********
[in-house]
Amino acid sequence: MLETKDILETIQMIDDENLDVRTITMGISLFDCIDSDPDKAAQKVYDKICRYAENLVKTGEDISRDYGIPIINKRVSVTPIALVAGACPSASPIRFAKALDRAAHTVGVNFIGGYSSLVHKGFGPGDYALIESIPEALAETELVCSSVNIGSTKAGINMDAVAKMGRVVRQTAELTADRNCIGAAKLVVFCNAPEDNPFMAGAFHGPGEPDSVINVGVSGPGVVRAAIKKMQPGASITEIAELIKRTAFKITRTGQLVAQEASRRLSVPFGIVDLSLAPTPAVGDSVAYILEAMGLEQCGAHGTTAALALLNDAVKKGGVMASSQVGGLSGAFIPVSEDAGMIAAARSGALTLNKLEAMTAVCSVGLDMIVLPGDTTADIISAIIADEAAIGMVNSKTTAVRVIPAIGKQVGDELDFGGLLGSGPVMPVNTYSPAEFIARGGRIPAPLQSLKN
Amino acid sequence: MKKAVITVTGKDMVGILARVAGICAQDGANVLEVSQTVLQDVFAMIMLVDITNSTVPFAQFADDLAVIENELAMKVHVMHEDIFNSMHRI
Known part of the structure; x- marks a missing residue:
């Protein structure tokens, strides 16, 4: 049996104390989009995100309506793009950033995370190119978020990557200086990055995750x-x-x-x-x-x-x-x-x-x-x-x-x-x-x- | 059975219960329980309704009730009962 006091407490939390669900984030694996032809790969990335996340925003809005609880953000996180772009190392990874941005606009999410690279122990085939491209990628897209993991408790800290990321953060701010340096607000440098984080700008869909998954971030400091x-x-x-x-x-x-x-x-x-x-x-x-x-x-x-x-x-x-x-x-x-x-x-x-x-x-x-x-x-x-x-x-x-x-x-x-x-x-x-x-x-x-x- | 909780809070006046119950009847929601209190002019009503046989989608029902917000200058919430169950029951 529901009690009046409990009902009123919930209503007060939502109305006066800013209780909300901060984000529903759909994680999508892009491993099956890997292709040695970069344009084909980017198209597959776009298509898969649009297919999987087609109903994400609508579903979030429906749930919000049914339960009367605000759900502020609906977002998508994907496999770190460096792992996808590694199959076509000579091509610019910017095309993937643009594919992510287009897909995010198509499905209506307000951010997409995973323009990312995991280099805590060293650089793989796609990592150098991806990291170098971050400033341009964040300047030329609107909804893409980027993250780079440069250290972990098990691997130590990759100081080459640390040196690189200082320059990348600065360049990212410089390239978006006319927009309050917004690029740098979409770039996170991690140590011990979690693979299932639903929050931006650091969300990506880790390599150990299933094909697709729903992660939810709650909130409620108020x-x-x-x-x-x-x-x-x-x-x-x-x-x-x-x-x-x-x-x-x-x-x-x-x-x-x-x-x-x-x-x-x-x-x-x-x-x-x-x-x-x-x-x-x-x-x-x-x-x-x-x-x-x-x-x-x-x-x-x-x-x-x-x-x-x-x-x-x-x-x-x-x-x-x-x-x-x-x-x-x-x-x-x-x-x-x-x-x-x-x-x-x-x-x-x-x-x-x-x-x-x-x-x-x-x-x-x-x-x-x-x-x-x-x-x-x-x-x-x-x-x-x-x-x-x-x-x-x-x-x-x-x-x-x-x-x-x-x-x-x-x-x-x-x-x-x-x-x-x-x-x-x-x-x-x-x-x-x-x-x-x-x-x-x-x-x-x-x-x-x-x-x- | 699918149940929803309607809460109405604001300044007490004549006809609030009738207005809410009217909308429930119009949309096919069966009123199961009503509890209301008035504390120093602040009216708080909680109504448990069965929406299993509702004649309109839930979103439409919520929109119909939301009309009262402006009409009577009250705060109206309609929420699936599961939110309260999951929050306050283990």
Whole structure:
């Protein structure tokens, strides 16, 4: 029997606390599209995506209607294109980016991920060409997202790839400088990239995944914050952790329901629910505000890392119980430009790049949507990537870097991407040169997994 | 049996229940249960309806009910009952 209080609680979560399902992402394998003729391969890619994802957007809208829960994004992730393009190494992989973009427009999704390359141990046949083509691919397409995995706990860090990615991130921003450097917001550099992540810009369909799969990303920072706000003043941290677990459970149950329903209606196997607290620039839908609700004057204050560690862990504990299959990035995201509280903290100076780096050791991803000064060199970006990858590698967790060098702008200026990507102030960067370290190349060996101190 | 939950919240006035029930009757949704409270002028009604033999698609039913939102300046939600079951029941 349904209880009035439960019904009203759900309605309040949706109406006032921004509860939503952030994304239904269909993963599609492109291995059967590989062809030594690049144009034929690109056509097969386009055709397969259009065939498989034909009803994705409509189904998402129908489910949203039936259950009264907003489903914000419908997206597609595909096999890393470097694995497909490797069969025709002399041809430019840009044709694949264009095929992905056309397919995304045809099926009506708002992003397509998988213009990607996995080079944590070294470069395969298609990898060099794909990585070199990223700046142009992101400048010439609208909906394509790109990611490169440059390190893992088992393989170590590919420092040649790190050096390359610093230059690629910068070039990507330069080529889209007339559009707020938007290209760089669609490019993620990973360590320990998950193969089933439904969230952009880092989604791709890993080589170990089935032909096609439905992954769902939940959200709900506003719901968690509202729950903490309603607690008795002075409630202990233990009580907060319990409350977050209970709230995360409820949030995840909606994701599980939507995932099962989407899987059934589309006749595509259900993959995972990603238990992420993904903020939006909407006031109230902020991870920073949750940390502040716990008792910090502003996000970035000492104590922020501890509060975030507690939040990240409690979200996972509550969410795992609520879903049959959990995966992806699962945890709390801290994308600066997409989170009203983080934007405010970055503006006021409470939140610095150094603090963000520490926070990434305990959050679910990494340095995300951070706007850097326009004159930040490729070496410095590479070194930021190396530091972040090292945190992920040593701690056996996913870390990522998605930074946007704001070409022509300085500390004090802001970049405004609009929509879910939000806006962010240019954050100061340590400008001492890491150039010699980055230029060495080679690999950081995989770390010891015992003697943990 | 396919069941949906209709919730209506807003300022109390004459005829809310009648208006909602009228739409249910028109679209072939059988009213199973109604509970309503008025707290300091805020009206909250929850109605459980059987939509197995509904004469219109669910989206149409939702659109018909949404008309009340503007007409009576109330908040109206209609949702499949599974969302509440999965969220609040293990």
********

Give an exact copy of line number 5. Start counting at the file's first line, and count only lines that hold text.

């Protein structure tokens, strides 16, 4: 049996104390989009995100309506793009950033995370190119978020990557200086990055995750x-x-x-x-x-x-x-x-x-x-x-x-x-x-x- | 059975219960329980309704009730009962 006091407490939390669900984030694996032809790969990335996340925003809005609880953000996180772009190392990874941005606009999410690279122990085939491209990628897209993991408790800290990321953060701010340096607000440098984080700008869909998954971030400091x-x-x-x-x-x-x-x-x-x-x-x-x-x-x-x-x-x-x-x-x-x-x-x-x-x-x-x-x-x-x-x-x-x-x-x-x-x-x-x-x-x-x- | 909780809070006046119950009847929601209190002019009503046989989608029902917000200058919430169950029951 529901009690009046409990009902009123919930209503007060939502109305006066800013209780909300901060984000529903759909994680999508892009491993099956890997292709040695970069344009084909980017198209597959776009298509898969649009297919999987087609109903994400609508579903979030429906749930919000049914339960009367605000759900502020609906977002998508994907496999770190460096792992996808590694199959076509000579091509610019910017095309993937643009594919992510287009897909995010198509499905209506307000951010997409995973323009990312995991280099805590060293650089793989796609990592150098991806990291170098971050400033341009964040300047030329609107909804893409980027993250780079440069250290972990098990691997130590990759100081080459640390040196690189200082320059990348600065360049990212410089390239978006006319927009309050917004690029740098979409770039996170991690140590011990979690693979299932639903929050931006650091969300990506880790390599150990299933094909697709729903992660939810709650909130409620108020x-x-x-x-x-x-x-x-x-x-x-x-x-x-x-x-x-x-x-x-x-x-x-x-x-x-x-x-x-x-x-x-x-x-x-x-x-x-x-x-x-x-x-x-x-x-x-x-x-x-x-x-x-x-x-x-x-x-x-x-x-x-x-x-x-x-x-x-x-x-x-x-x-x-x-x-x-x-x-x-x-x-x-x-x-x-x-x-x-x-x-x-x-x-x-x-x-x-x-x-x-x-x-x-x-x-x-x-x-x-x-x-x-x-x-x-x-x-x-x-x-x-x-x-x-x-x-x-x-x-x-x-x-x-x-x-x-x-x-x-x-x-x-x-x-x-x-x-x-x-x-x-x-x-x-x-x-x-x-x-x-x-x-x-x-x-x-x-x-x-x-x-x- | 699918149940929803309607809460109405604001300044007490004549006809609030009738207005809410009217909308429930119009949309096919069966009123199961009503509890209301008035504390120093602040009216708080909680109504448990069965929406299993509702004649309109839930979103439409919520929109119909939301009309009262402006009409009577009250705060109206309609929420699936599961939110309260999951929050306050283990």